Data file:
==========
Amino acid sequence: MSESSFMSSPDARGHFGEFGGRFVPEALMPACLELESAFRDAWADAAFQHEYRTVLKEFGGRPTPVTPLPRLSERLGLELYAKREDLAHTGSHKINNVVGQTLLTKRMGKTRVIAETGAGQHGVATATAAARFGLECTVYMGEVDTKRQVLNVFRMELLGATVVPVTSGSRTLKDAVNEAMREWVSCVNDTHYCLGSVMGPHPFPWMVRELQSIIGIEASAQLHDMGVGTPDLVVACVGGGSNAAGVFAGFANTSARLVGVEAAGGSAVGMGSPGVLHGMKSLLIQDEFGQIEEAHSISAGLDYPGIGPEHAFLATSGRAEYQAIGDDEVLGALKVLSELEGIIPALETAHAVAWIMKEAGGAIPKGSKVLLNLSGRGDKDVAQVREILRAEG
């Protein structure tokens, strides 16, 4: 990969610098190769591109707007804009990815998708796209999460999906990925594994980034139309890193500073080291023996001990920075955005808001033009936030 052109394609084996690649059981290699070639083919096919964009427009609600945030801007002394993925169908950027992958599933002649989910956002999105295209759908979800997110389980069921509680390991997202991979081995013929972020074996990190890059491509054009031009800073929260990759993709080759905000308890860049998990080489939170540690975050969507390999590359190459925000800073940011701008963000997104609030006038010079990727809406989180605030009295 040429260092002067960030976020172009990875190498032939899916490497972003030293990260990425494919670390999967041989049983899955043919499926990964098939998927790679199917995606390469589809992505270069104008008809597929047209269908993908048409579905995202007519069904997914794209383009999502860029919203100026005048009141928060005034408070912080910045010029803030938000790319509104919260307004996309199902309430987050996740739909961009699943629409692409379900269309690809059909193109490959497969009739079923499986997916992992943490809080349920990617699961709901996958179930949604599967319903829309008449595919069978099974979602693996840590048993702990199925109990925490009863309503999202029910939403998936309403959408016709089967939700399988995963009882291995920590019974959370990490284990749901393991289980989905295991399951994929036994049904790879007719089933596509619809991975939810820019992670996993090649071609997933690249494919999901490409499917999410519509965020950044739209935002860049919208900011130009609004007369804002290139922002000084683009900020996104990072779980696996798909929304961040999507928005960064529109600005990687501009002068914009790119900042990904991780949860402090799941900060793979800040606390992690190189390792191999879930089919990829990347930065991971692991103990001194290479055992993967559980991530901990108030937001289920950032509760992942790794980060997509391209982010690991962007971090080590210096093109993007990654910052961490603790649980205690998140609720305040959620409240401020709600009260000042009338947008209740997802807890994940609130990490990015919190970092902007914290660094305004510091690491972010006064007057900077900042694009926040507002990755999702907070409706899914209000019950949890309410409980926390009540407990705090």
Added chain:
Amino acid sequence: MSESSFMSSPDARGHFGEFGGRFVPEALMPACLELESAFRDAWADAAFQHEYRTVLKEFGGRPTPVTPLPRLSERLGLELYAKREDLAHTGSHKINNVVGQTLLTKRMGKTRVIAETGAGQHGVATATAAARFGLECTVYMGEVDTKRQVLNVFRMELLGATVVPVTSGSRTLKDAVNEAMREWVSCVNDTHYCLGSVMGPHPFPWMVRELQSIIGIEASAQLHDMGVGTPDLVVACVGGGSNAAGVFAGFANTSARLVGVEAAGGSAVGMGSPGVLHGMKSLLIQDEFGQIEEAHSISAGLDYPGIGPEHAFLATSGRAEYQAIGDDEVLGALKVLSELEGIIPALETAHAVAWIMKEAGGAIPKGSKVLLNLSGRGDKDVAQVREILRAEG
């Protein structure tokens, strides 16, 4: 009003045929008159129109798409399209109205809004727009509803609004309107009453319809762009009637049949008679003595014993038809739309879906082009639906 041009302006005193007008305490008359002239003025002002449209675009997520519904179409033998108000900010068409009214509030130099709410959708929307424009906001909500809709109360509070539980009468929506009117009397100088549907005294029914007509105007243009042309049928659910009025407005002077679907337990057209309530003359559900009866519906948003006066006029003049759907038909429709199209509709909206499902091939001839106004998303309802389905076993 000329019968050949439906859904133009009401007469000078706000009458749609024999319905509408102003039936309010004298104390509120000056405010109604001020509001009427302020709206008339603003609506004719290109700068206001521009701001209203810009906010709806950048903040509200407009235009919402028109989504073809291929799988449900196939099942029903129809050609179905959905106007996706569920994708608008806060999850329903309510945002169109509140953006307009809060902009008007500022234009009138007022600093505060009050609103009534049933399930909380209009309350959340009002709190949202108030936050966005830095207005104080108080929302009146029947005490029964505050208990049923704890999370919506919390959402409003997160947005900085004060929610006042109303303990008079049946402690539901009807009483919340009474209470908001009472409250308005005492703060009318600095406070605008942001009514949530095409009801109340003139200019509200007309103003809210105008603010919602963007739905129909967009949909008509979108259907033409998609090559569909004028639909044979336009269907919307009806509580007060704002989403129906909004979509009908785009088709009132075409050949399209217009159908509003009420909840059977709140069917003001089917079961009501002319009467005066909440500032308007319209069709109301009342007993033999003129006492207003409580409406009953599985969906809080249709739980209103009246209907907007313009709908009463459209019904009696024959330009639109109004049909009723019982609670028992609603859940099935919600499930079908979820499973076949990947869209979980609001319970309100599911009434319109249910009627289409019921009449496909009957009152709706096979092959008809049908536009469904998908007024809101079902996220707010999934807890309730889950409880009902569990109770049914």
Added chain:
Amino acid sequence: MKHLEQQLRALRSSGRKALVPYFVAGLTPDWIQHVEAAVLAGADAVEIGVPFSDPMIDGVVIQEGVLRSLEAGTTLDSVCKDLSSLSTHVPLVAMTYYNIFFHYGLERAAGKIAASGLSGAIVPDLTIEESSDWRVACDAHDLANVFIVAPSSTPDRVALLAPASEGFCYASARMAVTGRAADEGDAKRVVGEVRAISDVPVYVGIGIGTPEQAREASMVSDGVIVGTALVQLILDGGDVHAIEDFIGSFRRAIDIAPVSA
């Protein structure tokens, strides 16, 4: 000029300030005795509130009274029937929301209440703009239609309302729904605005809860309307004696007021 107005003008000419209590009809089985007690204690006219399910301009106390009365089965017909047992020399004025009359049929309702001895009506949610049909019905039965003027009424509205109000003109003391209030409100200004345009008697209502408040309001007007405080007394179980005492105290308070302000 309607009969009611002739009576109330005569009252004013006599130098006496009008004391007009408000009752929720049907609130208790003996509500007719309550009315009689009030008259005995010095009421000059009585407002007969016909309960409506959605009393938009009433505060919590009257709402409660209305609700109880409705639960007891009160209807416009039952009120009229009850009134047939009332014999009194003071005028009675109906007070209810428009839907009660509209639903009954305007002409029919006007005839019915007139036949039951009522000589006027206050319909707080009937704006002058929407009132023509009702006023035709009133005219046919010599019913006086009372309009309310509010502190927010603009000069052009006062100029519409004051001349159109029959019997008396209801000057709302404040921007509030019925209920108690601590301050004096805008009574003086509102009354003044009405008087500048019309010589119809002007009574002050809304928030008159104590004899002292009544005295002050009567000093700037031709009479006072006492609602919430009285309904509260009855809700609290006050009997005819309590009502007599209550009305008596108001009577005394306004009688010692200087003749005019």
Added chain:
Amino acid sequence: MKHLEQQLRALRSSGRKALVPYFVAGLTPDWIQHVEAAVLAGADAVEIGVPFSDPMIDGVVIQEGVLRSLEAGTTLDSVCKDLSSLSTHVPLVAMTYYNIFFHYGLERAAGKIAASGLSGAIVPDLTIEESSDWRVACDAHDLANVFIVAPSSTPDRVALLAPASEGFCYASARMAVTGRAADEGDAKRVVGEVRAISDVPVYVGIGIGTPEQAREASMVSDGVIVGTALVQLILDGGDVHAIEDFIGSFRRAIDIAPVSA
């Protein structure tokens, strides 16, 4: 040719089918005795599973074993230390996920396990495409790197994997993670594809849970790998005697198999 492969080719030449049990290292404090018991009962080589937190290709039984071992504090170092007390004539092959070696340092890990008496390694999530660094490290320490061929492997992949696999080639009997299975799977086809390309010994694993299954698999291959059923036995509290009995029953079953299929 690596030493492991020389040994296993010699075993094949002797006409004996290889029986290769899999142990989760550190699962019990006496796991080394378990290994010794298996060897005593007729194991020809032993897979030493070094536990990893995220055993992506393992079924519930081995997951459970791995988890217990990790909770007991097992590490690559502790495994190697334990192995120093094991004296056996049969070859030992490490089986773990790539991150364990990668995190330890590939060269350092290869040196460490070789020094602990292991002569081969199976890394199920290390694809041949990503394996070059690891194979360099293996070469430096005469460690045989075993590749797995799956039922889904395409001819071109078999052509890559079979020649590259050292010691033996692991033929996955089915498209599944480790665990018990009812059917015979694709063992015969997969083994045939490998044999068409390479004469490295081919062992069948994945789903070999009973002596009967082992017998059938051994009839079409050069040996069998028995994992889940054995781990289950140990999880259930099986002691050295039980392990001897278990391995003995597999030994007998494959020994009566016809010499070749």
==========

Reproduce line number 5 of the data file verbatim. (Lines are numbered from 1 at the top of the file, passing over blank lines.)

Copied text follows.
């Protein structure tokens, strides 16, 4: 009003045929008159129109798409399209109205809004727009509803609004309107009453319809762009009637049949008679003595014993038809739309879906082009639906 041009302006005193007008305490008359002239003025002002449209675009997520519904179409033998108000900010068409009214509030130099709410959708929307424009906001909500809709109360509070539980009468929506009117009397100088549907005294029914007509105007243009042309049928659910009025407005002077679907337990057209309530003359559900009866519906948003006066006029003049759907038909429709199209509709909206499902091939001839106004998303309802389905076993 000329019968050949439906859904133009009401007469000078706000009458749609024999319905509408102003039936309010004298104390509120000056405010109604001020509001009427302020709206008339603003609506004719290109700068206001521009701001209203810009906010709806950048903040509200407009235009919402028109989504073809291929799988449900196939099942029903129809050609179905959905106007996706569920994708608008806060999850329903309510945002169109509140953006307009809060902009008007500022234009009138007022600093505060009050609103009534049933399930909380209009309350959340009002709190949202108030936050966005830095207005104080108080929302009146029947005490029964505050208990049923704890999370919506919390959402409003997160947005900085004060929610006042109303303990008079049946402690539901009807009483919340009474209470908001009472409250308005005492703060009318600095406070605008942001009514949530095409009801109340003139200019509200007309103003809210105008603010919602963007739905129909967009949909008509979108259907033409998609090559569909004028639909044979336009269907919307009806509580007060704002989403129906909004979509009908785009088709009132075409050949399209217009159908509003009420909840059977709140069917003001089917079961009501002319009467005066909440500032308007319209069709109301009342007993033999003129006492207003409580409406009953599985969906809080249709739980209103009246209907907007313009709908009463459209019904009696024959330009639109109004049909009723019982609670028992609603859940099935919600499930079908979820499973076949990947869209979980609001319970309100599911009434319109249910009627289409019921009449496909009957009152709706096979092959008809049908536009469904998908007024809101079902996220707010999934807890309730889950409880009902569990109770049914």